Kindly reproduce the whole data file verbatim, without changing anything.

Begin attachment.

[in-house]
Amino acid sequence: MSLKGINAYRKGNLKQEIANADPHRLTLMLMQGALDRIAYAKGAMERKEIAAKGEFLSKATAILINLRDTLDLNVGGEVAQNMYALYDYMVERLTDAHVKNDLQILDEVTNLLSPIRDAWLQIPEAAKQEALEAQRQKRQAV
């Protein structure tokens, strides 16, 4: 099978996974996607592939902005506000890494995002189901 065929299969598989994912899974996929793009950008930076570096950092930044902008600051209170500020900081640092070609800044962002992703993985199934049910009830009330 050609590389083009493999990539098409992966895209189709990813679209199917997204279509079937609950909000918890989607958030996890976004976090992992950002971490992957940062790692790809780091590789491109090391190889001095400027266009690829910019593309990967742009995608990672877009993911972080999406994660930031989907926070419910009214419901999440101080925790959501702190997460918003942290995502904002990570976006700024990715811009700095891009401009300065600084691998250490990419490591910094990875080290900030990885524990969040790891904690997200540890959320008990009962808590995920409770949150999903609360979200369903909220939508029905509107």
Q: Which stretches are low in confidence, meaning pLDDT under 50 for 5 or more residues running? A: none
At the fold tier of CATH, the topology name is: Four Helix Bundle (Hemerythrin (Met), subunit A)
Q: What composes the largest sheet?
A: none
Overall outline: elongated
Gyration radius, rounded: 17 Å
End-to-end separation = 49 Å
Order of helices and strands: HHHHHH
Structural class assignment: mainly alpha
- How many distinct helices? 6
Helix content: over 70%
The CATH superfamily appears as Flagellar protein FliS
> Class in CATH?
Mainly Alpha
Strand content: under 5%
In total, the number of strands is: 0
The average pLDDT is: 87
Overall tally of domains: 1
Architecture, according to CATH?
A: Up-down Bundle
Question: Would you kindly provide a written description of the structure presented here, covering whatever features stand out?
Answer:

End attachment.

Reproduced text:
[in-house]
Amino acid sequence: MSLKGINAYRKGNLKQEIANADPHRLTLMLMQGALDRIAYAKGAMERKEIAAKGEFLSKATAILINLRDTLDLNVGGEVAQNMYALYDYMVERLTDAHVKNDLQILDEVTNLLSPIRDAWLQIPEAAKQEALEAQRQKRQAV
């Protein structure tokens, strides 16, 4: 099978996974996607592939902005506000890494995002189901 065929299969598989994912899974996929793009950008930076570096950092930044902008600051209170500020900081640092070609800044962002992703993985199934049910009830009330 050609590389083009493999990539098409992966895209189709990813679209199917997204279509079937609950909000918890989607958030996890976004976090992992950002971490992957940062790692790809780091590789491109090391190889001095400027266009690829910019593309990967742009995608990672877009993911972080999406994660930031989907926070419910009214419901999440101080925790959501702190997460918003942290995502904002990570976006700024990715811009700095891009401009300065600084691998250490990419490591910094990875080290900030990885524990969040790891904690997200540890959320008990009962808590995920409770949150999903609360979200369903909220939508029905509107």
Q: Which stretches are low in confidence, meaning pLDDT under 50 for 5 or more residues running? A: none
At the fold tier of CATH, the topology name is: Four Helix Bundle (Hemerythrin (Met), subunit A)
Q: What composes the largest sheet?
A: none
Overall outline: elongated
Gyration radius, rounded: 17 Å
End-to-end separation = 49 Å
Order of helices and strands: HHHHHH
Structural class assignment: mainly alpha
- How many distinct helices? 6
Helix content: over 70%
The CATH superfamily appears as Flagellar protein FliS
> Class in CATH?
Mainly Alpha
Strand content: under 5%
In total, the number of strands is: 0
The average pLDDT is: 87
Overall tally of domains: 1
Architecture, according to CATH?
A: Up-down Bundle
Question: Would you kindly provide a written description of the structure presented here, covering whatever features stand out?
Answer: